Adapted from a Cook’s Illustrated recipe


  • 1 pound elbow macaroni
  • 1 tablespoon table salt
  • 5 tablespoons unsalted butter
  • 6 tablespoons all-purpose flour
  • 1 1/2 teaspoons powdered mustard
  • 1-3 cloves crushed garlic
  • 1/4 teaspoon cayenne pepper (optional)
  • 5 cups milk (see note)
  • 1/4-1/2 cup sherry (optional, to taste)
  • 8 ounces Monterey Jack cheese , shredded (2 cups)
  • 8 ounces sharp cheddar cheese , shredded (2 cups)
  • 1 teaspoon table salt


  1. Bring 4 quarts water to boil over high heat. Add macaroni and 1 tablespoon salt; cook until pasta is tender. Drain pasta, reserving one cup of pasta water, and set aside in colander. (Cook’s Illustrated has you do this in a Dutch oven, and then make the sauce in the same pot. I like to get it all done faster, so I do the noodles in one pot while making the sauce in the heavy-bottomed Dutch oven.)
  2. In a heavy-bottomed Dutch oven, heat butter over medium-high heat until foaming. Add flour, mustard, and cayenne (if using) and whisk well to combine. Continue whisking until mixture becomes fragrant and deepens in color, about 1 minute.
  3. Turn heat off (this helps with avoiding lumps as you turn the roux into a sauce.)
  4. Whisk in the sherry, if using, combining entirely with flour. You will have a very thick paste.
  5. Gradually whisk in milk.
  6. After adding the first cup or so you should have a thick paste that doesn’t want to clump up as much when more liquid is added. At that point you can start adding the milk more quickly, but continue to whisk it constantly to avoid lumps.
  7. Turn heat back on to medium-high and bring mixture to boil, whisking bottom very regularly, and near-constantly as it gets well-heated (mixture must reach full boil to fully thicken).
  8. Reduce heat to medium and simmer, whisking occasionally, until thickened to consistency of heavy cream, about 5 minutes.
  9. Off heat, whisk in cheeses and 1 teaspoon salt until cheeses are fully melted. Add pasta and cook over medium-low heat, stirring constantly, until mixture is steaming and heated through, about 6 minutes.
  10. Add some of the reserved pasta water to thin out the consistency and make it a little creamier.

A Week’s Food Plan

(Work in Progress – still editing this one)

I am not cheap, but I am frugal. And I can make a dollar stretch in the kitchen. I do this by knowing how to manipulate ingredients and cook from scratch, as well as by shopping intelligently.


I was trying to help a close friend recently, who is trying to squeeze a bit more out of his food budget. We talked about scratch recipes, and his shopping choices; but then I realized that since he was unused to thinking this way at all, it might be useful to give him some pointers on how to plan for the whole week.

So, I made a weekly meal plan that would (probably) suit his tastes. This plan would also offer some concrete places to stretch a dollar in several places. For example, a whole chicken cooked on Sunday becomes a planned chicken salad on Monday, and then stock for soup on Tuesday; the 25 pound bag of flour, other baking necessities, and a gifted bread machine become the base for several bread products throughout the week.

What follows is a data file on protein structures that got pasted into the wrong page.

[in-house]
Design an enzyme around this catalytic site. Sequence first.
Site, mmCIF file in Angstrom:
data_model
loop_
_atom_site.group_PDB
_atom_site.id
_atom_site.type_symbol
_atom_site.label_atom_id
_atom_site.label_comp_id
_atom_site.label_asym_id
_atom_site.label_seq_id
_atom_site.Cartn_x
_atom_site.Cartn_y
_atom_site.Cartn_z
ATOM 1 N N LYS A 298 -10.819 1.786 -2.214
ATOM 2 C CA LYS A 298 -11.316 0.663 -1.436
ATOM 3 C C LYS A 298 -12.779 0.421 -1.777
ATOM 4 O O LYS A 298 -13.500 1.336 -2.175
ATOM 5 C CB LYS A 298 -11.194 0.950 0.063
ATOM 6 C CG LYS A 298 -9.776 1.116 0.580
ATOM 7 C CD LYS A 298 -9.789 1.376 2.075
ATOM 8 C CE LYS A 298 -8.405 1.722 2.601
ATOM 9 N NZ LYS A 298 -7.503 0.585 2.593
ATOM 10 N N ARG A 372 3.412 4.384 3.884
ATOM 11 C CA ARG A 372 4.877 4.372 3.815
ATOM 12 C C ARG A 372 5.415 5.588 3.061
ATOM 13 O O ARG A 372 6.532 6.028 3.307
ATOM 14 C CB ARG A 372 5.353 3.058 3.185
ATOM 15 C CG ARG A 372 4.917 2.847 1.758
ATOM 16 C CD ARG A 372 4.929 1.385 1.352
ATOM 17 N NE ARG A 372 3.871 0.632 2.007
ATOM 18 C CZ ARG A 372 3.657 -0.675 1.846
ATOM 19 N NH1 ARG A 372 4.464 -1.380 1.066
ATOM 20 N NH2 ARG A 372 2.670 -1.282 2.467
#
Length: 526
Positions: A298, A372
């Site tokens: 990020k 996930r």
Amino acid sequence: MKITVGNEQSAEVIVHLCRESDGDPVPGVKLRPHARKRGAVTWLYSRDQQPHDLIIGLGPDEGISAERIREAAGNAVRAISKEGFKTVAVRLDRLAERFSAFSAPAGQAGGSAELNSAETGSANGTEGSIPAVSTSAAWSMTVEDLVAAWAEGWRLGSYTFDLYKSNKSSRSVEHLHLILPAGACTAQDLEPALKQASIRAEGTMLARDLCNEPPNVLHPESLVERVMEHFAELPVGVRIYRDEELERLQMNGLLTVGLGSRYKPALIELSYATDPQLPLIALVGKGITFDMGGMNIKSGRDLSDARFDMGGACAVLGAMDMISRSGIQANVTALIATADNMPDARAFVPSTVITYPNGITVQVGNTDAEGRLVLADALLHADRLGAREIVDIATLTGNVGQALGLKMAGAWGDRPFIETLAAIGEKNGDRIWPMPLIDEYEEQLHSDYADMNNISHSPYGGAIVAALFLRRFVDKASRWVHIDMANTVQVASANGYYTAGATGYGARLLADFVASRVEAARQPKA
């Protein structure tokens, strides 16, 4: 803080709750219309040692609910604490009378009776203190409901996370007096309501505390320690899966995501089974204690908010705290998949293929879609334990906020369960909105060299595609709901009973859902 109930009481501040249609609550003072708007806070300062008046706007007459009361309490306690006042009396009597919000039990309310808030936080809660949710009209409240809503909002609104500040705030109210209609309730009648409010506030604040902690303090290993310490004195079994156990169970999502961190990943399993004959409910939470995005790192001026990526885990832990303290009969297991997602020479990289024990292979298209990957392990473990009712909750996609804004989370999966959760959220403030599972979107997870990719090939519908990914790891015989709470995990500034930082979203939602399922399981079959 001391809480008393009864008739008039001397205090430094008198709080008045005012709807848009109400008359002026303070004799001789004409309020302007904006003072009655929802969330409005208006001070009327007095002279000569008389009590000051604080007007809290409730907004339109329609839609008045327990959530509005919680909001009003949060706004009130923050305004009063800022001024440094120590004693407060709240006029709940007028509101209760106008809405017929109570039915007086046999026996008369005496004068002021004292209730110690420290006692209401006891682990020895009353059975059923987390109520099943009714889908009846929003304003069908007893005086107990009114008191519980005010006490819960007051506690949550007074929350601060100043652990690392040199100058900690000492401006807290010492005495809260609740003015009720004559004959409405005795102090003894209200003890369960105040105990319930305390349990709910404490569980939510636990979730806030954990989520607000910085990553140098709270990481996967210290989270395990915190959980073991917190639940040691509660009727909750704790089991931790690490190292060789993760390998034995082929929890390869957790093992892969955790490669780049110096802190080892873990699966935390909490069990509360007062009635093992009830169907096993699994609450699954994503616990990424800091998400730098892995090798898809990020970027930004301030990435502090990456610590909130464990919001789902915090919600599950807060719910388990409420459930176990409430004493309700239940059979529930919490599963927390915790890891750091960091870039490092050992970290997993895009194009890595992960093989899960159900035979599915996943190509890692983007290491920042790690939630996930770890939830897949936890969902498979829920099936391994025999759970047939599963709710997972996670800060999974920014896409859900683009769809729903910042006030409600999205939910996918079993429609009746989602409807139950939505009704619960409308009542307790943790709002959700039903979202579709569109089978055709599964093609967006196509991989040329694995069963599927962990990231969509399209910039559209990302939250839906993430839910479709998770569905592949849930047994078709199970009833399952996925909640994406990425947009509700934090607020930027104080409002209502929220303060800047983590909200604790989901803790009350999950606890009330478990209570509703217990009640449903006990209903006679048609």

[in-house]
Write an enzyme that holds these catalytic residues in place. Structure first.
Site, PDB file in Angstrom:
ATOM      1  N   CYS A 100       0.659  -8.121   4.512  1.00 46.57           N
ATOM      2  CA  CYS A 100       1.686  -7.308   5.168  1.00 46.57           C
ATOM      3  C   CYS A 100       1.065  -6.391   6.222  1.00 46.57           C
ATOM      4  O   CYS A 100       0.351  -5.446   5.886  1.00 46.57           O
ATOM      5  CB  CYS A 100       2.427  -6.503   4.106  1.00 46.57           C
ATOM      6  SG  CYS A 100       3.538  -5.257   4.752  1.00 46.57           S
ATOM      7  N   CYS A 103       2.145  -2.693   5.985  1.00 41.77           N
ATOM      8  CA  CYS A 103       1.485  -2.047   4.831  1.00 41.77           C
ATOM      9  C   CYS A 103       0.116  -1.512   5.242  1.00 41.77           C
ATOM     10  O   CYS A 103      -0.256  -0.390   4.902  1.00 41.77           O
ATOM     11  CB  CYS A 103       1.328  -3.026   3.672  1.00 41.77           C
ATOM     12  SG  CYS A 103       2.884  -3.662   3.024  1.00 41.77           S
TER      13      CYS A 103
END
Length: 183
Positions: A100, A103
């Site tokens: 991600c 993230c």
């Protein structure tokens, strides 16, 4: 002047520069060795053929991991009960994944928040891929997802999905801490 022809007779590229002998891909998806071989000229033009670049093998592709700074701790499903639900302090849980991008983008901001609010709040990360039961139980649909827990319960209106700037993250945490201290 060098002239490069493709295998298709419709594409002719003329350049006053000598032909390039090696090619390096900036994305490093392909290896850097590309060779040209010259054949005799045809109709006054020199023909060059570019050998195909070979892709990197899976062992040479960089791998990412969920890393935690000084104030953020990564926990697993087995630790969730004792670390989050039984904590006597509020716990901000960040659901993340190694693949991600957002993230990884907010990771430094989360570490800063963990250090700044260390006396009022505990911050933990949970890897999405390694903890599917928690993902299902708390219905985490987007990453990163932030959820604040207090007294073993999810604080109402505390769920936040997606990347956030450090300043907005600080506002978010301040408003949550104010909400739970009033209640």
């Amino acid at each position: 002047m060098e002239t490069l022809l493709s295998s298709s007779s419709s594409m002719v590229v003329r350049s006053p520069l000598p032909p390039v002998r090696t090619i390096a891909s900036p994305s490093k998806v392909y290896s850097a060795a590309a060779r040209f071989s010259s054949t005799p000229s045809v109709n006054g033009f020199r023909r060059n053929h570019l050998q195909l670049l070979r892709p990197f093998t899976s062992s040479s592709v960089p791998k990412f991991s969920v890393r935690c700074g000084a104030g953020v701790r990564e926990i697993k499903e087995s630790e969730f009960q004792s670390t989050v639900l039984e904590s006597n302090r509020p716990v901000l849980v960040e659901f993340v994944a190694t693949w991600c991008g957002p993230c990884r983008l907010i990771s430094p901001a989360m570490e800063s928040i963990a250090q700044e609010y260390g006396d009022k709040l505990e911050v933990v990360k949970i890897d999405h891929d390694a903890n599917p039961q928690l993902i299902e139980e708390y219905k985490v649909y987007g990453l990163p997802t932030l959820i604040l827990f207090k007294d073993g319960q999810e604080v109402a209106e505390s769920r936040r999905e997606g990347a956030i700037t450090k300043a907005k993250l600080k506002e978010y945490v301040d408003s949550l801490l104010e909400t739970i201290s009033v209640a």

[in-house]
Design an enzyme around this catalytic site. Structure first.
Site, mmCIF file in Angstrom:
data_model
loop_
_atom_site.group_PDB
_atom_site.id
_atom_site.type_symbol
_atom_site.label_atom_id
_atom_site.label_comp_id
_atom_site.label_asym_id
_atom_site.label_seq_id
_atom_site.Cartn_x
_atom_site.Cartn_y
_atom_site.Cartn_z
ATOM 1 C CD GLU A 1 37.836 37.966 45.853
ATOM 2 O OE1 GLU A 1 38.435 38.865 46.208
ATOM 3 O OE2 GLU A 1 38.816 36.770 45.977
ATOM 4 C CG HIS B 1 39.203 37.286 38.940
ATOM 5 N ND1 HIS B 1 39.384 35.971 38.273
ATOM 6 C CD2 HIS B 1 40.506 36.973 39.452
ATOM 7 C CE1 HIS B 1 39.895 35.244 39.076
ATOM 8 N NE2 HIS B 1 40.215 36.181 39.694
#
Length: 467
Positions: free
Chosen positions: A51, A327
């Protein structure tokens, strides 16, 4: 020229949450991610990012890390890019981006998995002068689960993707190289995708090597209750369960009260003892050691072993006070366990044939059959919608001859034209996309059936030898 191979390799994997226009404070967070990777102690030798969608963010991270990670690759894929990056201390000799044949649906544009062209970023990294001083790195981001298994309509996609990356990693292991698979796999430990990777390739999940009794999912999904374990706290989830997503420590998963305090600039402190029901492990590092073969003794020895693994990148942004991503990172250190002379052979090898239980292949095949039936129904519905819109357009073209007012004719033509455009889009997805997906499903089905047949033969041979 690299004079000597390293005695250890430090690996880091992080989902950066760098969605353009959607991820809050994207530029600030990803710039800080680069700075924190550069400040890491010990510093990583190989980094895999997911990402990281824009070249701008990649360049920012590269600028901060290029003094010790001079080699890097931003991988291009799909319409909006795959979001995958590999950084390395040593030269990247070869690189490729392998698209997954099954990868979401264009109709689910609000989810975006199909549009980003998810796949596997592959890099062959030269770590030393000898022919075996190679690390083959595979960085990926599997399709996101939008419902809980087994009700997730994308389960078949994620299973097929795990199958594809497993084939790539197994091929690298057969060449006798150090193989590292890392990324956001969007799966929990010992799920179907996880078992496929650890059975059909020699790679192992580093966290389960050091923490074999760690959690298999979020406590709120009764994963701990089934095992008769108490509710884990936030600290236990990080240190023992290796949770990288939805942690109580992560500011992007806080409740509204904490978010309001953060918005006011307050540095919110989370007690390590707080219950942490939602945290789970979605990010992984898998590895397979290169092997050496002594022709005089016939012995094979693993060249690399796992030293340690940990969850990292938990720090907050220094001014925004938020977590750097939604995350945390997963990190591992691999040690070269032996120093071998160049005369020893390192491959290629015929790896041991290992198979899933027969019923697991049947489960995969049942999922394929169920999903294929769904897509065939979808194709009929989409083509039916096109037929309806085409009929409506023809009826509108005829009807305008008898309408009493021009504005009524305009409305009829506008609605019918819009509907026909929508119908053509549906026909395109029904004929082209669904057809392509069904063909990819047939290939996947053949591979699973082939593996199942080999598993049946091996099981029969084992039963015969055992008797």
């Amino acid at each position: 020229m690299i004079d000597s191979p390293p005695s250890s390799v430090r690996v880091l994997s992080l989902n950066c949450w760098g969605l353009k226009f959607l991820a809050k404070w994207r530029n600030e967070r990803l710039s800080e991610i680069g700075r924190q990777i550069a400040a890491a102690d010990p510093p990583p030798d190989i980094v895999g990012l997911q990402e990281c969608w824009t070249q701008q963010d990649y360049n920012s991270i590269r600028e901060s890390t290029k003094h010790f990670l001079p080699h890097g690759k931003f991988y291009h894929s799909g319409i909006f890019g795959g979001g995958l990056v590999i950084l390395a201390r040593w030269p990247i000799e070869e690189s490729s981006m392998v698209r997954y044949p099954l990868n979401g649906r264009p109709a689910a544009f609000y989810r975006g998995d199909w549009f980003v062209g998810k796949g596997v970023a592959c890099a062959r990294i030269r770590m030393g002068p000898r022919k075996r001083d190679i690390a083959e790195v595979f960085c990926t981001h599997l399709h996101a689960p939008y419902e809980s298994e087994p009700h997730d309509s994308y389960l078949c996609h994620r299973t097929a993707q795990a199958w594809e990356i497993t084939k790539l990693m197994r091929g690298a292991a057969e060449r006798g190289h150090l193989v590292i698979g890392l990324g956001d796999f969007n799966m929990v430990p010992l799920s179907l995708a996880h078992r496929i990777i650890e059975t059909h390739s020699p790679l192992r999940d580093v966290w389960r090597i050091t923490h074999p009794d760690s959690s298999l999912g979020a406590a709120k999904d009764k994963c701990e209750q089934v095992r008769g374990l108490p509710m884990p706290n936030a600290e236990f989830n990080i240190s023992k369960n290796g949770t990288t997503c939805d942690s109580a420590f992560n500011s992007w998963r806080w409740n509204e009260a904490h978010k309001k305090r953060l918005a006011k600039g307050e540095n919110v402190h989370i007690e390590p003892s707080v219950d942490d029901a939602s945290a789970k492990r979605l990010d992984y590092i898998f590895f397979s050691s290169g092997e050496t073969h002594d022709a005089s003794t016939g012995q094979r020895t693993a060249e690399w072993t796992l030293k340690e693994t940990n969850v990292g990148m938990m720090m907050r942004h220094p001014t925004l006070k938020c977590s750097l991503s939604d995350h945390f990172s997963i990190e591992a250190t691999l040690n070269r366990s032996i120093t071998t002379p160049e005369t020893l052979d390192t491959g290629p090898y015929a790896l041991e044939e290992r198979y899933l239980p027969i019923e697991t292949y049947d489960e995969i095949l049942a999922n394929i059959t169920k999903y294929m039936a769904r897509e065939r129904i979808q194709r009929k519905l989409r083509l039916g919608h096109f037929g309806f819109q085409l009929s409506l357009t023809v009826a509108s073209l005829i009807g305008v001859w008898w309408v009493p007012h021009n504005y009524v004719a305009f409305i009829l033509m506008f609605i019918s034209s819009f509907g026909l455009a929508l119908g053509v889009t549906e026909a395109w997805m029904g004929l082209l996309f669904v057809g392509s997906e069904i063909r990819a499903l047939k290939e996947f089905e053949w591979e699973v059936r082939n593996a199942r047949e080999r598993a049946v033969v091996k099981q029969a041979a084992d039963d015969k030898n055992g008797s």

Everything in this chart is relatively simple to make, and I have tried and true recipes for all of them, which I will post soon.

Sun Mon Tue Wed Thu Fri Sat
Breakfast Crepes Bagels & Cream Cheese French Toast Yogurt & Fruit Muffins Eggs Pancakes
Lunch English Muffin Pizza Chicken Curry Salad Soup & Rolls Cottage Cheese Spring Salad Tuna Salad Sandwich Quesadilla Pasta Bake
Dinner Chicken with Potatoes and Vegetables Macaroni and Cheese Sloppy Joes on Rolls with Salad Leftovers (or Homemade Chili & Cheese Bowl) Burrito Night Spaghetti & Clams Pasta with Pesto, Mushrooms, and Peas

What I assume is on hand:
Sugar (white and brown)
Vegetable Oil
Some spices (mustard powder, curry powder, chili powder)

Shopping list for the week:

Meat Protein:

Ground beef (can be cut with ground turkey if it’s cheaper. I usually find 80/20 for about $2.50/lb and ground turkey for $2.00)
Family-size tuna fish packet in a pouch
Whole chicken at no more than $1.29/lb (I don’t think I ever pay more than $0.99, but I wait for it and freeze) (Can substitute bone-in thighs or leg quarters if it’s cheaper.)

Fresh Produce:

In-season vegetables (whatever you like, that aren’t too expensive)
Lettuce (romaine and red leaf, or whatever is inexpensive and has color)
Fresh oregano
Fresh basil
Red/Yellow/Orange Bell Pepper (whichever is cheapest)
Bananas (even better if they’re on sale because they’re overripe)
Apples (or other cheap and sweet fruit for curried chicken. Raisins are good too)


Butter (1 lb unsalted/1 lb salted)
Sour cream
Eggs (2 dozen)
Large Bag (5 lb) of pre-grated cheese
Cottage cheese
Cream cheese


Frozen peas
Can of chopped clams
Canned tomatoes (to make sauce)


2 lb pasta (elbow macaroni or penne)
1 lb spaghetti
Bagels (pack of 6)
Large flour tortillas
Items for Soup (depending on kind of soup)

Plan Ahead Items:
Every day: Save all vegetable scraps in freezer for stock day. Especially ends of onions, celery, and carrots. Put stale, but unspoiled, bread in freezer for French toast, croutons, or bread pudding
Sunday: Bake bread and rolls. Freeze rolls. Cook whole chicken – save all bones (including neck!)
Monday: Prep chicken curry salad from leftover chicken. Save all bones and scraps! Make sure enough bread for Tuesday French Toast. Make stock from chicken scraps for Tuesday’s soup. Strain and store in fridge.
Tuesday: Make soup. Bake bread for following days.
Wednesday: Make muffins for Thursday. Soak beans for Thursday burrito night.
Thursday: Bake bread for following days.
Saturday: Make English muffins for Sunday

Ping – is this thing on?

The hurdle to get the first entry up has GOT to be passed, and so, here it is. I waited to nab this domain name for a LONG time – some little cafe had it for ages. If that was you, or you’re looking for that, “thank you” and “I’m sorry,” respectively.

I mostly just wanted to have one central place to have my own recipes and notes about them. It’s an added bonus that it will also mean that I can also point people to a recipe, if needed.

I’m not sure yet how I want to organize it. It’s not really a blog, per se, but maybe that’s how it’ll end up. I guess we’ll see!


In the meantime, gratuitous cheesecake photo!